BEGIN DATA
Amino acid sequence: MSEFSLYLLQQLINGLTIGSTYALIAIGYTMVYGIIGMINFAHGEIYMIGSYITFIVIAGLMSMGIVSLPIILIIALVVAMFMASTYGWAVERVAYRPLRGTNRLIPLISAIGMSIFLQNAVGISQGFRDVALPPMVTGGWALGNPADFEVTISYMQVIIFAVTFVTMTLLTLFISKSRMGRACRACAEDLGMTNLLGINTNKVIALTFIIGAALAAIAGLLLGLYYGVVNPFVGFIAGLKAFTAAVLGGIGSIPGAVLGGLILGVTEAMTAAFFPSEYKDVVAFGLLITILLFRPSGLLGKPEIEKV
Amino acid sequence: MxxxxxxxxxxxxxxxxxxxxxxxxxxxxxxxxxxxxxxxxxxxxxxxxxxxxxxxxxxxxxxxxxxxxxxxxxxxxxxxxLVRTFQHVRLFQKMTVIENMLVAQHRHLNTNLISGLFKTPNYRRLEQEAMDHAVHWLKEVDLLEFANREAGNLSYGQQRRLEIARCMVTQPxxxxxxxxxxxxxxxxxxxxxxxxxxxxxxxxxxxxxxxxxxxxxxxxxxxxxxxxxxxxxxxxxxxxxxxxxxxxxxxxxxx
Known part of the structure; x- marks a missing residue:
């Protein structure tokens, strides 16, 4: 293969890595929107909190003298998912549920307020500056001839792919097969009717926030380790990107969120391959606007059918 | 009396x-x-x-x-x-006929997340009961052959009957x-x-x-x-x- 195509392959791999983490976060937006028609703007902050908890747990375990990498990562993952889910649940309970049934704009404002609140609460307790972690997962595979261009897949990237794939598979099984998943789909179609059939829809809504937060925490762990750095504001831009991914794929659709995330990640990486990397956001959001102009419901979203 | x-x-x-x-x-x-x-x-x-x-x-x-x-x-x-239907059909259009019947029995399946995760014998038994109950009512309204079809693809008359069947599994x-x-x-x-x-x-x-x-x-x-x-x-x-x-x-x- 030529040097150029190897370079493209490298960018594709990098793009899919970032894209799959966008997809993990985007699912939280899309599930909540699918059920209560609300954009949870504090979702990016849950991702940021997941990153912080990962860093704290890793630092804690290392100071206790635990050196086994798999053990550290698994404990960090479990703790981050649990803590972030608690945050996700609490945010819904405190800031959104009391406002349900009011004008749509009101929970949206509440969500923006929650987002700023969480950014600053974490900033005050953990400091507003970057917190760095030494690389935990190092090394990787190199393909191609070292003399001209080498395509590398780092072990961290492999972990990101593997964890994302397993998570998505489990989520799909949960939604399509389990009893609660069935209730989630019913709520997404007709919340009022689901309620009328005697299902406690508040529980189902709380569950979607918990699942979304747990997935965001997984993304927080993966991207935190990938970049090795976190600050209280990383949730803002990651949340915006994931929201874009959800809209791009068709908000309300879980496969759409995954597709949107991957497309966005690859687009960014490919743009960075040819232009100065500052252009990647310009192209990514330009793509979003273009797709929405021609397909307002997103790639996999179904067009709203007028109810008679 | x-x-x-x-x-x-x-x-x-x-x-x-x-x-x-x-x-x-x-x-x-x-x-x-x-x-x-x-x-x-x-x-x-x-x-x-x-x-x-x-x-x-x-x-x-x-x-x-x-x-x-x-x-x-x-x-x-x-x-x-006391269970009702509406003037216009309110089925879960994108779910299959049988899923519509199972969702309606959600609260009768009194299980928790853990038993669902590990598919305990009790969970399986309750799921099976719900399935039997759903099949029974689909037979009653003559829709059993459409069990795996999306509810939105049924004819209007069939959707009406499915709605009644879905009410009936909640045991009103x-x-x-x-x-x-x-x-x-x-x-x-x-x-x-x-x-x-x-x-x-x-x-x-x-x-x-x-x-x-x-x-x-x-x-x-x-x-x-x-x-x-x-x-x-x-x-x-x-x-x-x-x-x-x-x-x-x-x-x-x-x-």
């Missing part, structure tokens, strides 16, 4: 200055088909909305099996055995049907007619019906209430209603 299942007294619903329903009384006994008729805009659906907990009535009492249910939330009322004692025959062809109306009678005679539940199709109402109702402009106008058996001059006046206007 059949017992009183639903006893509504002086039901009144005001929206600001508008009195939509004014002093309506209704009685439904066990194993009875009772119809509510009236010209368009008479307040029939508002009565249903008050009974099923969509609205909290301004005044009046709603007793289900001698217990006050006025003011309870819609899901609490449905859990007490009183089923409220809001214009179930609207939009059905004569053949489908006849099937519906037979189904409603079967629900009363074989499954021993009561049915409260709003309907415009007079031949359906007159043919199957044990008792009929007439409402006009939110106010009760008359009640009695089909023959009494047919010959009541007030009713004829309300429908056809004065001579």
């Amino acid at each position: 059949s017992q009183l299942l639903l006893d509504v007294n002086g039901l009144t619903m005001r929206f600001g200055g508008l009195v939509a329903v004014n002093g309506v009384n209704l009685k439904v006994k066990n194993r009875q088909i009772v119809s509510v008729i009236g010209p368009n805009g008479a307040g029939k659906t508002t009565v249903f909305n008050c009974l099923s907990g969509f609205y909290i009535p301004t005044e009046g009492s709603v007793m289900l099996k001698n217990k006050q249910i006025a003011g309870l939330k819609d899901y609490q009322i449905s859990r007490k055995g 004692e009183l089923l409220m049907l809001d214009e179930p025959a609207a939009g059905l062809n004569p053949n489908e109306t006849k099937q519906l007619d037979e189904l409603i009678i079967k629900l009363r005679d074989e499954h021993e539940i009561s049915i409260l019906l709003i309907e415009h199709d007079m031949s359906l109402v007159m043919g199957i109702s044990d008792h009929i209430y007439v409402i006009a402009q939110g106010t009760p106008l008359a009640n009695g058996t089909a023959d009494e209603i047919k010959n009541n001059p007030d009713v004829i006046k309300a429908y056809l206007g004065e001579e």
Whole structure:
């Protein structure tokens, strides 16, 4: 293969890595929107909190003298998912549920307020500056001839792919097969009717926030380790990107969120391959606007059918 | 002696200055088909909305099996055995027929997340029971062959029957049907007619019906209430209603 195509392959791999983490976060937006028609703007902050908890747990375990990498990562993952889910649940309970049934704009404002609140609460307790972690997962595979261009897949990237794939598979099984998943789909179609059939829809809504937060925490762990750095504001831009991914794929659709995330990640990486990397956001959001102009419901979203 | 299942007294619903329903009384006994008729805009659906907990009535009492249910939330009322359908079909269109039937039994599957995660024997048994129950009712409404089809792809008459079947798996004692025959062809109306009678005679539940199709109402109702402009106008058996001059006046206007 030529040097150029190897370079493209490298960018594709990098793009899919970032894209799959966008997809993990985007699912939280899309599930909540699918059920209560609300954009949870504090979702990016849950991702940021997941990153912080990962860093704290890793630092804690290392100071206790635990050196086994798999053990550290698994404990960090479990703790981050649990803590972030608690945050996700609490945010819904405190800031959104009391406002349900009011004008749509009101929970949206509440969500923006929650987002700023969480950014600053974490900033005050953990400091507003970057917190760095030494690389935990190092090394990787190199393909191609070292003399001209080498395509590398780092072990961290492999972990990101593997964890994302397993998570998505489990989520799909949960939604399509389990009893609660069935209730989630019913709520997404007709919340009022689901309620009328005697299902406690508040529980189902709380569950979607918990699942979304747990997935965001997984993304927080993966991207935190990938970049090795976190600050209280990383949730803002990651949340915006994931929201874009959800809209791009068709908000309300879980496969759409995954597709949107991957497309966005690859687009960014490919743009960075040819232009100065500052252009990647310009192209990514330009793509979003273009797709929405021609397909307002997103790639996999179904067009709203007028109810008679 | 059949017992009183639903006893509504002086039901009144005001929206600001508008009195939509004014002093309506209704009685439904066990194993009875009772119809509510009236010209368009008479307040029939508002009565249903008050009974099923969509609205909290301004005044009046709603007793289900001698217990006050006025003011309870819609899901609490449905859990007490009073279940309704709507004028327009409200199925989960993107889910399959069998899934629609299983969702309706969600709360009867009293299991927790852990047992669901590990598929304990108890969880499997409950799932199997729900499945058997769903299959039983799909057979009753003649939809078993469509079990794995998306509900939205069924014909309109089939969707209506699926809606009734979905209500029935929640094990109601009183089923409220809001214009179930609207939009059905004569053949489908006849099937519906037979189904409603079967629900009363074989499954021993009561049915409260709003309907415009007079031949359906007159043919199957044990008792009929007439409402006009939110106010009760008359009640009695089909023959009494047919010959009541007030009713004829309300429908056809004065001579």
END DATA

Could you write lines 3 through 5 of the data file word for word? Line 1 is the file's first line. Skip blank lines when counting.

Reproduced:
Known part of the structure; x- marks a missing residue:
């Protein structure tokens, strides 16, 4: 293969890595929107909190003298998912549920307020500056001839792919097969009717926030380790990107969120391959606007059918 | 009396x-x-x-x-x-006929997340009961052959009957x-x-x-x-x- 195509392959791999983490976060937006028609703007902050908890747990375990990498990562993952889910649940309970049934704009404002609140609460307790972690997962595979261009897949990237794939598979099984998943789909179609059939829809809504937060925490762990750095504001831009991914794929659709995330990640990486990397956001959001102009419901979203 | x-x-x-x-x-x-x-x-x-x-x-x-x-x-x-239907059909259009019947029995399946995760014998038994109950009512309204079809693809008359069947599994x-x-x-x-x-x-x-x-x-x-x-x-x-x-x-x- 030529040097150029190897370079493209490298960018594709990098793009899919970032894209799959966008997809993990985007699912939280899309599930909540699918059920209560609300954009949870504090979702990016849950991702940021997941990153912080990962860093704290890793630092804690290392100071206790635990050196086994798999053990550290698994404990960090479990703790981050649990803590972030608690945050996700609490945010819904405190800031959104009391406002349900009011004008749509009101929970949206509440969500923006929650987002700023969480950014600053974490900033005050953990400091507003970057917190760095030494690389935990190092090394990787190199393909191609070292003399001209080498395509590398780092072990961290492999972990990101593997964890994302397993998570998505489990989520799909949960939604399509389990009893609660069935209730989630019913709520997404007709919340009022689901309620009328005697299902406690508040529980189902709380569950979607918990699942979304747990997935965001997984993304927080993966991207935190990938970049090795976190600050209280990383949730803002990651949340915006994931929201874009959800809209791009068709908000309300879980496969759409995954597709949107991957497309966005690859687009960014490919743009960075040819232009100065500052252009990647310009192209990514330009793509979003273009797709929405021609397909307002997103790639996999179904067009709203007028109810008679 | x-x-x-x-x-x-x-x-x-x-x-x-x-x-x-x-x-x-x-x-x-x-x-x-x-x-x-x-x-x-x-x-x-x-x-x-x-x-x-x-x-x-x-x-x-x-x-x-x-x-x-x-x-x-x-x-x-x-x-x-006391269970009702509406003037216009309110089925879960994108779910299959049988899923519509199972969702309606959600609260009768009194299980928790853990038993669902590990598919305990009790969970399986309750799921099976719900399935039997759903099949029974689909037979009653003559829709059993459409069990795996999306509810939105049924004819209007069939959707009406499915709605009644879905009410009936909640045991009103x-x-x-x-x-x-x-x-x-x-x-x-x-x-x-x-x-x-x-x-x-x-x-x-x-x-x-x-x-x-x-x-x-x-x-x-x-x-x-x-x-x-x-x-x-x-x-x-x-x-x-x-x-x-x-x-x-x-x-x-x-x-």
């Missing part, structure tokens, strides 16, 4: 200055088909909305099996055995049907007619019906209430209603 299942007294619903329903009384006994008729805009659906907990009535009492249910939330009322004692025959062809109306009678005679539940199709109402109702402009106008058996001059006046206007 059949017992009183639903006893509504002086039901009144005001929206600001508008009195939509004014002093309506209704009685439904066990194993009875009772119809509510009236010209368009008479307040029939508002009565249903008050009974099923969509609205909290301004005044009046709603007793289900001698217990006050006025003011309870819609899901609490449905859990007490009183089923409220809001214009179930609207939009059905004569053949489908006849099937519906037979189904409603079967629900009363074989499954021993009561049915409260709003309907415009007079031949359906007159043919199957044990008792009929007439409402006009939110106010009760008359009640009695089909023959009494047919010959009541007030009713004829309300429908056809004065001579």